Remember those advertisements for cereals? “Start your day with the perfect breakfast!” was the usual catchphrase uttered. Although cereal has a history of being packaged as a health food, the truth is something else altogether.
You just need to take a trip down to your local grocery store to see the sheer variety of cereal products available for consumers – oatmeal, muesli, cornflakes, granola, etc. These foods are typically rich in carbohydrates and feature high in the glycaemic index (GI) to boot. Combine these two factors and you have a meal that's heavy in terms of glycaemic load (GL) while providing little to no value in terms of protein and dietary fat. That's never a good idea if we're looking for a sustainable nutrition plan that's ideal for body composition and health.
It has been well documented that excessive sugar is extremely damaging to health, never mind contributing to weight gain, however cereal that is deemed as ‘healthy’ can still contain a remarkable amount of sugar. For example, cereals such as Kellogg’s Nutrigrain, which contains 26.7g of sugar per 100g (1), and Nestle Fitness Fruits with 29.4g of sugar per 100g (2).
Glucose, not carbohydrates
Many people might object to my cereal-bashing, saying that “the body needs carbohydrates for energy”. That's a misconception; the body relies primarily on glucose for energy. While the body prefers to convert carbohydrates into glucose, this is due more to metabolic convenience. Protein and lipids, such as triglycerides can also be converted into glucose via a process known as gluconeogenesis. This process is slower compared to carbohydrate-conversion, but it provides a steadier flow of energy while preventing any major spikes in blood glucose levels.
Another worry of an excessive diet of carbohydrates is the fact that it can lead to a development of insulin resistance. Insulin resistance is one of the leading causes of obesity and type 2 diabetes; it makes sense to de-emphasise the presence of cereal products in your nutrition plan.
Of course, you may come across some cereal products that seem healthier than their more mainstream counterparts. They are usually touted as being low to no-sugar, high-fibre, full-grain alternatives. While some of these may in fact score lower in terms of their GI, their net carbohydrates content (total carbohydrates minus dietary fibre) still linger on the high side, putting their GL (GI/100*net carbs) in the higher regions. Frequently consuming meals with a high GL will only prove to be detrimental to long-term health and physique goals through the impairment of one's insulin sensitivity.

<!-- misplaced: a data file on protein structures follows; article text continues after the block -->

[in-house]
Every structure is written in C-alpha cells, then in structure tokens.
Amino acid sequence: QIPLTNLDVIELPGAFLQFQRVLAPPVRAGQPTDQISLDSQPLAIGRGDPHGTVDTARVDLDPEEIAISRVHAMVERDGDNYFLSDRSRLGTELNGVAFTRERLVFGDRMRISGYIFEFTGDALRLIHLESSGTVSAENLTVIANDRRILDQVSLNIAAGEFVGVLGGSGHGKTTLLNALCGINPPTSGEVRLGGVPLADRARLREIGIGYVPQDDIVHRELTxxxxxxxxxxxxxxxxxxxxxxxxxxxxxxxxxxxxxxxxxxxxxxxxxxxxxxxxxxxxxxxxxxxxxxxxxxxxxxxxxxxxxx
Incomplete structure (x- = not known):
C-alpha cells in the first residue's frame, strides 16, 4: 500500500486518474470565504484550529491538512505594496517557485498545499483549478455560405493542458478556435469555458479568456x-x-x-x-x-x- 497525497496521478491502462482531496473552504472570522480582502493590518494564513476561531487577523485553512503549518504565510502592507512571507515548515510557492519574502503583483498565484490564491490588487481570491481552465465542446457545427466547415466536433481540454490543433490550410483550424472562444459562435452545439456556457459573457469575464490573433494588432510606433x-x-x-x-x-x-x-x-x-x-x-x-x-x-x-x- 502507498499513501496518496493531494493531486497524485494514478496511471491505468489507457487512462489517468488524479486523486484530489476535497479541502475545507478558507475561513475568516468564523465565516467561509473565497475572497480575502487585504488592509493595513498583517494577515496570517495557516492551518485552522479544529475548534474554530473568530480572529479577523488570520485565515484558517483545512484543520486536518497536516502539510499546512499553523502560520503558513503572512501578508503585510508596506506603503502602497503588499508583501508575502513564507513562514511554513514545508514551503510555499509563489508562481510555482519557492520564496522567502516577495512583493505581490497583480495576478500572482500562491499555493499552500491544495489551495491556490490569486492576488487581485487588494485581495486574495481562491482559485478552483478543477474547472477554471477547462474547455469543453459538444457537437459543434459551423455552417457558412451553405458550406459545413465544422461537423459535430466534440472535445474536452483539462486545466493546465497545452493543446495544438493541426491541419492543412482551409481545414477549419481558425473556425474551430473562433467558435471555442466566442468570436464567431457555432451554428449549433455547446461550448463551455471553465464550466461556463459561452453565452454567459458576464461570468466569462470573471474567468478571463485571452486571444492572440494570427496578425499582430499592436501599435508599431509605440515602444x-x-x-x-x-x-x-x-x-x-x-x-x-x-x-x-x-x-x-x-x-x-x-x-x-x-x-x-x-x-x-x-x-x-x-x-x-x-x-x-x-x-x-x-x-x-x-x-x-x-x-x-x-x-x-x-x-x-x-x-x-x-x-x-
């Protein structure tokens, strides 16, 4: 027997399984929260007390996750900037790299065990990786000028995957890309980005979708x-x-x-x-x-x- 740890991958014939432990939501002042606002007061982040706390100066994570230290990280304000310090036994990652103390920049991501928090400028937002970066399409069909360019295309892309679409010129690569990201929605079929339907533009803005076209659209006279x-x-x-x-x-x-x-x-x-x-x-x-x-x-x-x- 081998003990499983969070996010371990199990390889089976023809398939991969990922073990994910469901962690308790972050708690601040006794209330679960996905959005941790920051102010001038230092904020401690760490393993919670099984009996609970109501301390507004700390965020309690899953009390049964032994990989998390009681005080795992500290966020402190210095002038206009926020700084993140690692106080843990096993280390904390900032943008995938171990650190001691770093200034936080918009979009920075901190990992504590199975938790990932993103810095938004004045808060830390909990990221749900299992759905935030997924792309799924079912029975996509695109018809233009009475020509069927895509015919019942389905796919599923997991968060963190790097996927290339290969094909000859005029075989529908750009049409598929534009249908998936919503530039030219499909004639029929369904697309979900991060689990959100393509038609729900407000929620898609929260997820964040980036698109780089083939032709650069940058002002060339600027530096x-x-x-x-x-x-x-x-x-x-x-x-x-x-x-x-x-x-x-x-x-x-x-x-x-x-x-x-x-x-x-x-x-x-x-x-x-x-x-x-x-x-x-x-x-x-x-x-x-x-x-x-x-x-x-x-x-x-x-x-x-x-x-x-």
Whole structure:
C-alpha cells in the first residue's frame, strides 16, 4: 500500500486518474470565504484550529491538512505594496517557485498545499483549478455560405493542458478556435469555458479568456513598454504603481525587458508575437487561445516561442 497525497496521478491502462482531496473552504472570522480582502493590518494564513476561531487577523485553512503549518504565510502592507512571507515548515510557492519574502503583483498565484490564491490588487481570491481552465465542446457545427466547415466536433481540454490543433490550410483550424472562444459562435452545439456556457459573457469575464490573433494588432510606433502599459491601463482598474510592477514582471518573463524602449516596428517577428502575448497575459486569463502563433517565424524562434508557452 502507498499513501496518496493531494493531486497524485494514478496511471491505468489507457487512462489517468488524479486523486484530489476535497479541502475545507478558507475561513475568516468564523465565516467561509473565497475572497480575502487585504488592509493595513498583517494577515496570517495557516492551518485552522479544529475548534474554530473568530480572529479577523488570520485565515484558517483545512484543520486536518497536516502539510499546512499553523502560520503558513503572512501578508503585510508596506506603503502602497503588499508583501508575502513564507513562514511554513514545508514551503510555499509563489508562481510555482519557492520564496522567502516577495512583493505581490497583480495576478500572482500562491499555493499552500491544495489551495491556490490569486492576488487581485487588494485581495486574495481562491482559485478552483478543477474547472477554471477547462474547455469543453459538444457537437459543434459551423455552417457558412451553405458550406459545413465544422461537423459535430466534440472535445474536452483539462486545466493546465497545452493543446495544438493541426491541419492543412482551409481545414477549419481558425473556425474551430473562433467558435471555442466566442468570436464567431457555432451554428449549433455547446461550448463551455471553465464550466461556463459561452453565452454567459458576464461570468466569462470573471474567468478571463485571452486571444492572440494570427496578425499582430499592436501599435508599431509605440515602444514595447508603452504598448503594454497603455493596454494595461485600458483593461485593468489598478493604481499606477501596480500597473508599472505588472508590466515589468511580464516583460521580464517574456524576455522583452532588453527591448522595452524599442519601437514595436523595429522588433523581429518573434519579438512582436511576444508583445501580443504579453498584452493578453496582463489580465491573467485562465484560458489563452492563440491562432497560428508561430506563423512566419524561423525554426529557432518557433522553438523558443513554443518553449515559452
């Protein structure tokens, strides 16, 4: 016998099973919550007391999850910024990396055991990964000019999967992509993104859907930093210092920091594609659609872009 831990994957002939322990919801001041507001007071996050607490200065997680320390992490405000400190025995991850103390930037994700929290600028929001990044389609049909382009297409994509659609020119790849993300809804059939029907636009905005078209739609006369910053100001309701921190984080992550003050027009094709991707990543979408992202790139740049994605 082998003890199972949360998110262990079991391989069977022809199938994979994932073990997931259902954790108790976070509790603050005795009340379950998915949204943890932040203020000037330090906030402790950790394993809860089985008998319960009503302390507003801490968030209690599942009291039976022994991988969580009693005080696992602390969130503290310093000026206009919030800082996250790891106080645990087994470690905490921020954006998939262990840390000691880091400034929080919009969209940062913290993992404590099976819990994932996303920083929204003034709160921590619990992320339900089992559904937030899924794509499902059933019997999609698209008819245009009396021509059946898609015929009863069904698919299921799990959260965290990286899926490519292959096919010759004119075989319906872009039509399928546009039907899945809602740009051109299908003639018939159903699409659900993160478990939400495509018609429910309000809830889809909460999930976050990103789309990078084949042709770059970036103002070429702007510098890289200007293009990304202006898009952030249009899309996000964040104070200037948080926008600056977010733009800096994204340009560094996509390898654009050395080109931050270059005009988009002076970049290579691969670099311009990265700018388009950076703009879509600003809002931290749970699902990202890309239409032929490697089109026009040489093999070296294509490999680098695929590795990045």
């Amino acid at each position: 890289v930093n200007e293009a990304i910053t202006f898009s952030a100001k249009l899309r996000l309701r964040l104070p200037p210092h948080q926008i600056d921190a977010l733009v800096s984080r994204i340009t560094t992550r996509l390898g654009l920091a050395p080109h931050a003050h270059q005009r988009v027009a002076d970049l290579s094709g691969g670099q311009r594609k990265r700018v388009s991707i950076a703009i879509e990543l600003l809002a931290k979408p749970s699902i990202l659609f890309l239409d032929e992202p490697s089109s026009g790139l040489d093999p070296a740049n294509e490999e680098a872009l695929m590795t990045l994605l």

So is cereal healthy? Yes and no. Confusing as it may seem, such is the case with nutritional science. One must considers that there is always an element of human variability at play. Ultimately, one should consider their goals and tailor their approach to nutrition to fit said goals. Endurance athletes would obviously benefit from having a granola bar before training due to the nature of their sport. For the average person looking to get fit however, not so much.
Mayfield, J. (1998), Diagnosis and Classification of Diabetes Mellitus: New Criteria”, American Academy of Family Physicians. Retrieved from: http://www.aafp.org/afp/1998/1015/p1355.html
Mayo Clinic (n.d.), Type 2 Diabetes: Symptoms and Causes. Retrieved from: http://www.mayoclinic.org/diseases-conditions/type-2-diabetes/symptoms-causes/dxc-20169861
Kahn, B. B. & Flier, J. S. (2000), Obesity and insulin resistance, Journal of Clinical Investigation, 106(4), 473-481
(1) Source: www.kelloggs.com.au/en_AU/nutri-grain-product.html
(2) Source: www.nestlecereals.com/products/cereals/fitness-fruit